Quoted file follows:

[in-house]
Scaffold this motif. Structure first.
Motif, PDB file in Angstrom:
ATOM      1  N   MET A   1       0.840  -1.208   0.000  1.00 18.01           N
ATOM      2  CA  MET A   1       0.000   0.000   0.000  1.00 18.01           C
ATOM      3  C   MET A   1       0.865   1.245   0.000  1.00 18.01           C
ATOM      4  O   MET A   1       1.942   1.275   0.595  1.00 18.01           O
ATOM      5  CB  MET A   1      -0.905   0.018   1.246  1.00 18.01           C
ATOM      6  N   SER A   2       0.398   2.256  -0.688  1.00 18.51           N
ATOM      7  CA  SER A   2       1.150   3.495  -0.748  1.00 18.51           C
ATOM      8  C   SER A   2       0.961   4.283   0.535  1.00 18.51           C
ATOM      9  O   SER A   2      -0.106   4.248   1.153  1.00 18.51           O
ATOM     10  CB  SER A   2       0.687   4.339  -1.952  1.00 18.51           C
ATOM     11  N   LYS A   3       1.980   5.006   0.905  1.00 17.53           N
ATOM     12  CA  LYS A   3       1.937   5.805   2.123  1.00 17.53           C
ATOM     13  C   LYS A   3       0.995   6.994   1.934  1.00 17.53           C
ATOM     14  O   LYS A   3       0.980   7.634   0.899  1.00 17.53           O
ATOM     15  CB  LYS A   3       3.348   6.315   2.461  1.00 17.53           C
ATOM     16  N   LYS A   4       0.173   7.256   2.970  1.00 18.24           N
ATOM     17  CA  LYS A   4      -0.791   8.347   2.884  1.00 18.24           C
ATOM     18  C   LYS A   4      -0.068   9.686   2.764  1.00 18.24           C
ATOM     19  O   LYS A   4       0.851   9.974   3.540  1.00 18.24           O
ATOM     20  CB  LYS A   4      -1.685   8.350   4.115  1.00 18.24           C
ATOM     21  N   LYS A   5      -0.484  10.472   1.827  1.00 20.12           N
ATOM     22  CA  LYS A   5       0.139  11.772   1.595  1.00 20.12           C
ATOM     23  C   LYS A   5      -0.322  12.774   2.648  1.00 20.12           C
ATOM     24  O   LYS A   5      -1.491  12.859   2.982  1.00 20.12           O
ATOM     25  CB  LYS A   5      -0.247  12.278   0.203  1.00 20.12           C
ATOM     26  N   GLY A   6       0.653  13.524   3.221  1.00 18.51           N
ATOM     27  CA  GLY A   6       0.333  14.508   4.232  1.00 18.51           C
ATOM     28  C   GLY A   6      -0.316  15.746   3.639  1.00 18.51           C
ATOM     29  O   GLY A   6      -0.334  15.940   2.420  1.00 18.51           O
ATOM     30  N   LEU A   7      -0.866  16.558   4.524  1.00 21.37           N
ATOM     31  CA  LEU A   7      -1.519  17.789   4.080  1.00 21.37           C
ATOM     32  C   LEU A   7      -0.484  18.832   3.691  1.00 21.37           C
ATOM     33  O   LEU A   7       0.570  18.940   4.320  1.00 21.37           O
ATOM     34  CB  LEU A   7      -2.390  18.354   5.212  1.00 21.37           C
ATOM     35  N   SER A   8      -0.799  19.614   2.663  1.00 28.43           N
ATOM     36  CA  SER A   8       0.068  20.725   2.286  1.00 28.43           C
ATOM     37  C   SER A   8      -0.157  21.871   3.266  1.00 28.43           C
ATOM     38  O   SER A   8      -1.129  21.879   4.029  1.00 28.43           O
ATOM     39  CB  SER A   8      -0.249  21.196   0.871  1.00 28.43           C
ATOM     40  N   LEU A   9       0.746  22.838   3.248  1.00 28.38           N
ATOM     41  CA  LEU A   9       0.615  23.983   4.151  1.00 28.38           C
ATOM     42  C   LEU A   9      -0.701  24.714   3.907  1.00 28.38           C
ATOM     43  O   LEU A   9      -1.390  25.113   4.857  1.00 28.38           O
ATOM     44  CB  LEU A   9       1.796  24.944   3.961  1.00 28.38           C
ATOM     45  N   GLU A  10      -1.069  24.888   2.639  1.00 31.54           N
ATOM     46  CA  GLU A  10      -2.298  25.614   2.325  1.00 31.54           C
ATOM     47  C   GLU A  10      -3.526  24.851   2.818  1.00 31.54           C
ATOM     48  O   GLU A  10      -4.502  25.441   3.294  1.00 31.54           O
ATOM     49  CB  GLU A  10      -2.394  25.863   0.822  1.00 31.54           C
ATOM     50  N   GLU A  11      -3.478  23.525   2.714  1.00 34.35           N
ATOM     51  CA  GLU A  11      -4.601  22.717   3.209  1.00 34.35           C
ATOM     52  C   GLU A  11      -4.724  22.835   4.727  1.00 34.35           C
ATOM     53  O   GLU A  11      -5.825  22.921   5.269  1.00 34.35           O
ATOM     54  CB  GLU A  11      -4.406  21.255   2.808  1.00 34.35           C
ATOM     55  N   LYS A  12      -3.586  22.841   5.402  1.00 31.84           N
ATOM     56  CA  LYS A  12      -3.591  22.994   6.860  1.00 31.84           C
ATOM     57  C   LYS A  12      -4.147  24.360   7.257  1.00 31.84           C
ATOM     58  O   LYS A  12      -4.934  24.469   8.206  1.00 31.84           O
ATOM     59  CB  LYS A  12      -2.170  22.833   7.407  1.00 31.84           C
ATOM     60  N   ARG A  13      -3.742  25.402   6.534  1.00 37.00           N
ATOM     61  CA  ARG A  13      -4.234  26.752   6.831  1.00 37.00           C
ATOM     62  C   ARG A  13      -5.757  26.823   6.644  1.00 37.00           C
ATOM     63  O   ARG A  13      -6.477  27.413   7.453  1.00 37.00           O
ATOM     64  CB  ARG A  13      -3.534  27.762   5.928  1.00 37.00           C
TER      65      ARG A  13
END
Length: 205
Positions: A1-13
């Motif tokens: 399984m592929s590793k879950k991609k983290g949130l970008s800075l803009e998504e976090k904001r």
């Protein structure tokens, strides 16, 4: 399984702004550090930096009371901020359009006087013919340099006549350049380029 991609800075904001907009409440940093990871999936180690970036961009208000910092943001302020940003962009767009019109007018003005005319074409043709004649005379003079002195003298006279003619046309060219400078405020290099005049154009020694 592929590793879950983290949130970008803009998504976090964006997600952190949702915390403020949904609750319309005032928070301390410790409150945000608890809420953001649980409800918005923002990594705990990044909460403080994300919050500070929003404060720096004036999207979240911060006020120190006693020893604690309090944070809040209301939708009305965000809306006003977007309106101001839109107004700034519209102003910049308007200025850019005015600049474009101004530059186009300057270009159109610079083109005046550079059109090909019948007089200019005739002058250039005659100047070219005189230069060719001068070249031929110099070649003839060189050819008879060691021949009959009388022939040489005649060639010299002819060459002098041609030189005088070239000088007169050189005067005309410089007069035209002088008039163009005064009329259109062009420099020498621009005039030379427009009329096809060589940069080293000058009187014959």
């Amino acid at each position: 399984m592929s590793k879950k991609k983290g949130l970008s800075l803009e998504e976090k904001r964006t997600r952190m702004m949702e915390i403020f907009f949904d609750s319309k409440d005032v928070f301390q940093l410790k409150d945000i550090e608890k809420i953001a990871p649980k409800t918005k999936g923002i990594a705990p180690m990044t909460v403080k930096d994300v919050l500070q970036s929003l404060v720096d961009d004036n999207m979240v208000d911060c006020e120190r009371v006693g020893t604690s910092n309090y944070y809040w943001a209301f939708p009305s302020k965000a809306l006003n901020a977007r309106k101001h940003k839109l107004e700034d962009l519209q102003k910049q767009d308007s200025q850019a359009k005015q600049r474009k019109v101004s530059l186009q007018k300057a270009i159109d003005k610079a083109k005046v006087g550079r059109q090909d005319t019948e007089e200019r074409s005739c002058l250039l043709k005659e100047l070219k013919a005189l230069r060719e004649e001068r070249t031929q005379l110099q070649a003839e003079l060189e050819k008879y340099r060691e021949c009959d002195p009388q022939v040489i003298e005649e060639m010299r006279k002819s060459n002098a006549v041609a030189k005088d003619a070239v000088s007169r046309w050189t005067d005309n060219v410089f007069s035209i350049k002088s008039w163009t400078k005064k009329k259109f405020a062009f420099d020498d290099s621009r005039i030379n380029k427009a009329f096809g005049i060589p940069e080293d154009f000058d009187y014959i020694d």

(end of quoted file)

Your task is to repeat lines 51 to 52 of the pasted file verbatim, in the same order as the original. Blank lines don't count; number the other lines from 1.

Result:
ATOM     48  O   GLU A  10      -4.502  25.441   3.294  1.00 31.54           O
ATOM     49  CB  GLU A  10      -2.394  25.863   0.822  1.00 31.54           C